The language may be called English but it belongs to the world!

John, England
If Europe is to have an official language then, yes, I think it should be English. I support this because I wish to one day know that all of the people in the world will be able to talk to each other without problems. English becoming official as Europe's language will mean we are on the way to achieving that. It is not a question of my nationality, the language may be called English but it belongs to the world!
John, England, UK

There is no reason why global English should not be the language of choice for the EU. I work in scientific research, where anyone who doesn't speak English is quickly left behind (which has been the case for about 15 years now). If you want a conference, publication or meeting to happen, it has to be in English. I have just spent a month in the Netherlands where Italians, French, Spaniards, Americans and Dutch will work and socialise in English. The Dutch speak excellent English, but it doesn't seem to have had a big effect on their culture - books and TV shows are still made in Dutch. I see English as a trading language, like Malay was in the 15th century, and it shouldn't be a threat to anyone. Just think of all the money that the EU could save on translation.
Ed, UK, Europe

I have no problem with putting a label "official" on English in Europe as long as at least 2 other languages are declared mandatory for use in legal matters and official documents (passports, contracts, laws, public announcements, etc). On the other hand, it is really not necessary because English is already assumed as "worldwide international default". Europe-wide discrimination against German as a result of WW2 must stop. Headphone translation at conferences and TV subtitles must be available in 3 groups of languages: Roman (French, Spanish, Italian), Germanic (English, German) and Slavic (Serbian, Czech, Bulgarian, Polish, Russian). Among all Slavic languages, Russian is undoubtedly the most widely understood.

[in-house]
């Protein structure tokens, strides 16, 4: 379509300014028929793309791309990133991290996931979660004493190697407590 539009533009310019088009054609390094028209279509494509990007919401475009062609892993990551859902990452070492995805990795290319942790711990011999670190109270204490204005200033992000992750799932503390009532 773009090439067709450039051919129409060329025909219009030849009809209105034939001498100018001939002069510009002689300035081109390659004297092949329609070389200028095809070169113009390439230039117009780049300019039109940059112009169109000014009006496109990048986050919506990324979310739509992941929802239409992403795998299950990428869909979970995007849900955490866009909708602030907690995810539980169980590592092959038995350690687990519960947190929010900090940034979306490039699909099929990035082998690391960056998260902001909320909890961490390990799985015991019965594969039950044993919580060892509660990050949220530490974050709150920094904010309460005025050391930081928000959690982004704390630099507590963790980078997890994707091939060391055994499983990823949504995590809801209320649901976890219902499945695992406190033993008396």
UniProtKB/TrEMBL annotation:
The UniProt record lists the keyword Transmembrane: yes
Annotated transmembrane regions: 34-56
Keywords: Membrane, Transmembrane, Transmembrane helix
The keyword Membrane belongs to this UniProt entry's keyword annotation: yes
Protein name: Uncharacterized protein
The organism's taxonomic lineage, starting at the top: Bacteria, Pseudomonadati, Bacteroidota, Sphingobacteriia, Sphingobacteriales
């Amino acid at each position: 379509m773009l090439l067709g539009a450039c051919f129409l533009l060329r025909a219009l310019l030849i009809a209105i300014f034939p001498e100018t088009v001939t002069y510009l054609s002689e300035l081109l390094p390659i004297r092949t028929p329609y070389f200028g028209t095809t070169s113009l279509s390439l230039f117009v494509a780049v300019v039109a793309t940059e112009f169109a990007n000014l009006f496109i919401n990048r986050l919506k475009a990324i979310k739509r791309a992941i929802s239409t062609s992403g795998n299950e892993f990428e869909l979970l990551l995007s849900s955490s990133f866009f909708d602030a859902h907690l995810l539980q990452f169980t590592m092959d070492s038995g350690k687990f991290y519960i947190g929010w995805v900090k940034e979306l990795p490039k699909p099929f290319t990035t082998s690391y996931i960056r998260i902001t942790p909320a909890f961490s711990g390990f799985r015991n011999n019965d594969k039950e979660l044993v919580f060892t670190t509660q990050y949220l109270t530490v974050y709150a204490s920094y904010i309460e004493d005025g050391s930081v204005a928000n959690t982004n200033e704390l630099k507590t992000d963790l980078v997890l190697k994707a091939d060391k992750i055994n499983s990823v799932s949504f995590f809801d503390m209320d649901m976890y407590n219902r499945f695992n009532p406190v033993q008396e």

Yevgeni, Russia

I feel it should be mandatory for the British to learn at least one other European language

Caterina, England
Whether we like it or not, English has evolved into the international lingua franca, let alone the most commonly spoken language within Europe. This seems to have happened without making it 'official'. It does worry me that 'officialising' it could provide an even stronger disincentive for native English speakers to learn other European languages. I feel it should be mandatory for the British to learn at least one other European language to at least an intermediate level, preferably an advanced level in fact. As a native English speaker, I feel frustrated that frequently, when I speak other languages abroad, (Greek, French, German and Italian) I am replied to in English. There seems to be an assumption that, because I am obviously British, I am just incapable of speaking another tongue. Recently I was listening to a radio programme discussing this issue and one of the guests suggested that Greek would in fact be a suitable lingua franca for Europe, being the 'mother of European civilisation'. I'd be happy with that, as I already speak it! And it would eliminate the angst that the French particularly seem to feel about English becoming Europe's language.